Sinks and Faucets. Thursday , February 01st , 2018 - 09:03:22 AM
"For something you touch several times a day, why not pick a finish for your faucet that will make you feel good? People will notice if you put in an unimpressive faucet," says Peter LaBau, a Charlottesville, Va.-based architect whose book The New Bungalow Kitchen, from Taunton Press, offers great ideas for quality kitchen design. Peter just remodeled his own master bath, for which his finish of choice was nickel. "I‘m a big fan," he says. When bonded to brass, nickel plating reveals a golden luster that standard chrome plating does not.
There are many kitchen sink materials to choose from, including stainless-steel, enameled cast iron, fireclay, quartz silicate and solid surface. A high-quality, 18-gauge stainless-steel sink will take a lot of abuse. Enameled cast iron has endless options for shiny colors. Solid surface or quartz silicate is better at resisting scratches. Solid fireclay is just as durable, but limited in regard to color choices.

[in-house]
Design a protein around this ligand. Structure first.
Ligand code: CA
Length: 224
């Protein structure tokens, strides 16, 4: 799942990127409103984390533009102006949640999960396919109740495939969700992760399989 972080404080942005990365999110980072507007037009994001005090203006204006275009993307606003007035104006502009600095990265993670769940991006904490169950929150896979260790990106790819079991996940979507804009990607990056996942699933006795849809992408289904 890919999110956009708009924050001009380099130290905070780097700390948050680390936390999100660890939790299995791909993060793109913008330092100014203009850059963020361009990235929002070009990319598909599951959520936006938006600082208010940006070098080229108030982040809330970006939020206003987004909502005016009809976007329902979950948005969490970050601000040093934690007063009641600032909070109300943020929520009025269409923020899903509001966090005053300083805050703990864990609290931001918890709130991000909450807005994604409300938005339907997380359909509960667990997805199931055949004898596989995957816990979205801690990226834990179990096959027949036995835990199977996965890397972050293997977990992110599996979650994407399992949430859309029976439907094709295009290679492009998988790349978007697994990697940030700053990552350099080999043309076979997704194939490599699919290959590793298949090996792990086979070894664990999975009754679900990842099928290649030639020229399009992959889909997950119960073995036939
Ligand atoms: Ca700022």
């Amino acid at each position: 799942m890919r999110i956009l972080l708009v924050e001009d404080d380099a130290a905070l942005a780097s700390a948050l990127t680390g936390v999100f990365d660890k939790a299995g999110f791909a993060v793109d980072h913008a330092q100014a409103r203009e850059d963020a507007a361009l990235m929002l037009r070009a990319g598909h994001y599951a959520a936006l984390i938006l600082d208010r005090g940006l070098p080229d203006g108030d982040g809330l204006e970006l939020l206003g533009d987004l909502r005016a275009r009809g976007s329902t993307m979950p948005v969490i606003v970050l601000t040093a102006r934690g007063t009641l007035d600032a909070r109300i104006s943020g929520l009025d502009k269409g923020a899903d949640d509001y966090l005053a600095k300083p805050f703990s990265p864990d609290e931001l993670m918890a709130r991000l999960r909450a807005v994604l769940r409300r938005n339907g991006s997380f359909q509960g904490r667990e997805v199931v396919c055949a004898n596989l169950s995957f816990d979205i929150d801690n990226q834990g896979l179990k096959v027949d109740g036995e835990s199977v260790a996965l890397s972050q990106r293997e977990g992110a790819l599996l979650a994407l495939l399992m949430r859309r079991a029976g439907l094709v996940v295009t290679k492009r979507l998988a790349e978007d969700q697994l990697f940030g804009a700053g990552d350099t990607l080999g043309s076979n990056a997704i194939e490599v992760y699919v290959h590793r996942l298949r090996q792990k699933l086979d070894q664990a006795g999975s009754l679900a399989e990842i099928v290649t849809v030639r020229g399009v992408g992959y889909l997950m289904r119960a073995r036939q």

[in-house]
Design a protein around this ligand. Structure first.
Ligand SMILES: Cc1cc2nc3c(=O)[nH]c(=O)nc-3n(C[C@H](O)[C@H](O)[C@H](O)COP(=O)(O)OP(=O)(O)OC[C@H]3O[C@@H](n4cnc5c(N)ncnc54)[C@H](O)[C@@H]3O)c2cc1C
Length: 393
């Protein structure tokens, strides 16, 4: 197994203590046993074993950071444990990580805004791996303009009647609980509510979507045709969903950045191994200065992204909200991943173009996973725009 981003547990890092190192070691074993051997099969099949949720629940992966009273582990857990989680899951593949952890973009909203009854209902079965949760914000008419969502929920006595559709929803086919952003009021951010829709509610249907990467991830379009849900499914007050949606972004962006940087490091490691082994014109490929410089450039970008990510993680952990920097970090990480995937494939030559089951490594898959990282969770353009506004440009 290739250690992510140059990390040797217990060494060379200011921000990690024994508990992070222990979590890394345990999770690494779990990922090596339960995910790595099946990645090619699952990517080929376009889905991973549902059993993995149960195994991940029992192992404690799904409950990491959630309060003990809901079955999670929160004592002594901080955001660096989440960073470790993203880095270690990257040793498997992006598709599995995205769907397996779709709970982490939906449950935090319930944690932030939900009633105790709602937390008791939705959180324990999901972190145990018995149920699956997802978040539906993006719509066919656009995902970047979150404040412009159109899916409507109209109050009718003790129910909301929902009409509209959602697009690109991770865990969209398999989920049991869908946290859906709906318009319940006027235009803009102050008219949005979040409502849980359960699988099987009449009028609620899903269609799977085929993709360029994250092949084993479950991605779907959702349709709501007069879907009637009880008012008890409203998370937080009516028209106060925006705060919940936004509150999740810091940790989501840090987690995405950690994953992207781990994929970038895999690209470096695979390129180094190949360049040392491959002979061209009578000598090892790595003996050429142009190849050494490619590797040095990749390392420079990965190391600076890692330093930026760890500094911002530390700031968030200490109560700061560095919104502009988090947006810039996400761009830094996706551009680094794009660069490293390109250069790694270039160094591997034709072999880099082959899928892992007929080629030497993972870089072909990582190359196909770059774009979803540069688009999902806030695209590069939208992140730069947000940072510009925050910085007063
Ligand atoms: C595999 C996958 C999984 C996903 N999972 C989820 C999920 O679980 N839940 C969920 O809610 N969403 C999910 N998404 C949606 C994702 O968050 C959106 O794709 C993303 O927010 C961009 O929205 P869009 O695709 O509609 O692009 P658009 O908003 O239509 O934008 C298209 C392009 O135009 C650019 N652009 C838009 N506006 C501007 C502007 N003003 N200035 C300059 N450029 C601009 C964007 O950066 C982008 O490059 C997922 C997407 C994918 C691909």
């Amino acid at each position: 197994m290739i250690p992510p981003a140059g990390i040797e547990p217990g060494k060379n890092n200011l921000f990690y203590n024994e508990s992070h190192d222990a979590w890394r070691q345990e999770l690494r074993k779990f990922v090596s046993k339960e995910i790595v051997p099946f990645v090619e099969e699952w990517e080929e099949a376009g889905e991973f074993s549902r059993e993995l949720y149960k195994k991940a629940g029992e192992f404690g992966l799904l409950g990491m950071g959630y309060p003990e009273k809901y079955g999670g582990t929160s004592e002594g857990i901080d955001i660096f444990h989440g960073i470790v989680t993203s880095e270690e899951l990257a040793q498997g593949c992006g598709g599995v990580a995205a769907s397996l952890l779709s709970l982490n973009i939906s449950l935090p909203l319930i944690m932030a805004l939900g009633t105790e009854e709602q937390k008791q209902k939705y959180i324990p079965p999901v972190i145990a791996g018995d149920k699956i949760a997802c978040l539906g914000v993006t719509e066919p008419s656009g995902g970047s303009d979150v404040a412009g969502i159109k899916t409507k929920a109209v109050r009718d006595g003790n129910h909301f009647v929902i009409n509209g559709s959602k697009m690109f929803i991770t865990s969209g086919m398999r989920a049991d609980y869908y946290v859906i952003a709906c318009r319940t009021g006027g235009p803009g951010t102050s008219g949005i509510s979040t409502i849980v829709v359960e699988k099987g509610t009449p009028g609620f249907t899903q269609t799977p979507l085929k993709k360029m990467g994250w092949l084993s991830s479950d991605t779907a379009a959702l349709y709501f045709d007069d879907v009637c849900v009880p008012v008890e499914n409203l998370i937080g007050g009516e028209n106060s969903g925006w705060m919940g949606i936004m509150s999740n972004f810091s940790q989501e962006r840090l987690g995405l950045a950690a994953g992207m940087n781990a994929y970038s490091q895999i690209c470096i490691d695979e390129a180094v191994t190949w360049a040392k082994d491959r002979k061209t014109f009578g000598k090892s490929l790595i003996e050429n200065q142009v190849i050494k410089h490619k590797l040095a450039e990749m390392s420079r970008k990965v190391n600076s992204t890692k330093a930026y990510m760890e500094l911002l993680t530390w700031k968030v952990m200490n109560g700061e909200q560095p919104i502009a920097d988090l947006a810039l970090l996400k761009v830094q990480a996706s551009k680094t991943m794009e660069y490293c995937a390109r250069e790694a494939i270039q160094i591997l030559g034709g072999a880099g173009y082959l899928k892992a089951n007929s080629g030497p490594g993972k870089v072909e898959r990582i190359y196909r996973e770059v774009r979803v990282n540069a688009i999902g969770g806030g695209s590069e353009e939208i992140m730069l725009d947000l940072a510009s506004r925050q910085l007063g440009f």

"Seeing a 400-year-old stone sink in Verona, Italy, in 1988 inspired me to try incorporating similar sinks in our kitchens," he says. "We soon discovered that granite sinks offer definite functional advantages in addition to their beautiful appearance. And we have learned how to prevent or overcome potential problems that may occur when using stone."
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